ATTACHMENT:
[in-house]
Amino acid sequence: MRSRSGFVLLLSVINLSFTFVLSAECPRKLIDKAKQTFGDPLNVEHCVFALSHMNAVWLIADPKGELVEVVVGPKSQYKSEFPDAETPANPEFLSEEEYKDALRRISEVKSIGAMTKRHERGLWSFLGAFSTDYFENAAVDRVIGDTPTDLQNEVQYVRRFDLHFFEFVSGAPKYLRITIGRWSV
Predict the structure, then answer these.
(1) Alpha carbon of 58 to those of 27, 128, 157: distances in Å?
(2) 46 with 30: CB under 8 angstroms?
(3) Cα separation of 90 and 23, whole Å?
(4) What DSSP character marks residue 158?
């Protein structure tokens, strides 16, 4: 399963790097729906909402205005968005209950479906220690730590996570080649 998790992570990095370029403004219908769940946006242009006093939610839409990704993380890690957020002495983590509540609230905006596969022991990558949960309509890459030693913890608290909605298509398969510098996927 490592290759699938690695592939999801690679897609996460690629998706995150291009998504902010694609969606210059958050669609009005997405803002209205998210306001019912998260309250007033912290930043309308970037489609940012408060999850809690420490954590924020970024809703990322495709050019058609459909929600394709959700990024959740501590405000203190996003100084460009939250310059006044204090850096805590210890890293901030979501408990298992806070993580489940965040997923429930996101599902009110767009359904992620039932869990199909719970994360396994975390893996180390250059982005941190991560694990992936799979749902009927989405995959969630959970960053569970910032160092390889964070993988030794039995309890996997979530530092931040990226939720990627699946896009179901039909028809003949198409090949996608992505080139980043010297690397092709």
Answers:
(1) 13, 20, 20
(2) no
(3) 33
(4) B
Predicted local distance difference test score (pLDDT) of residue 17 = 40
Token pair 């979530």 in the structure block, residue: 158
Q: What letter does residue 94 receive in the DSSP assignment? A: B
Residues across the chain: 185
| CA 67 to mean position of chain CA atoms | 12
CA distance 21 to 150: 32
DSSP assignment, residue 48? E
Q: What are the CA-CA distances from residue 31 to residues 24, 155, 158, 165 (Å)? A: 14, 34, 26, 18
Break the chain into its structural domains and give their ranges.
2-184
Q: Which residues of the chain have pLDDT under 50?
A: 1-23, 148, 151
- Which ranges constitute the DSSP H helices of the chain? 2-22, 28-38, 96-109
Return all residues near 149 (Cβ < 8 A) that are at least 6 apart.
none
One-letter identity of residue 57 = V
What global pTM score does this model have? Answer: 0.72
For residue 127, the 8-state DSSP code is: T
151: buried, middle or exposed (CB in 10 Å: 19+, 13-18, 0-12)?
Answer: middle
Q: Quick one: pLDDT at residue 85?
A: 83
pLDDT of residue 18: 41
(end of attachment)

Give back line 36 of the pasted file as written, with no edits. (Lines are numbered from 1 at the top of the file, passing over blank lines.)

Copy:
pLDDT of residue 18: 41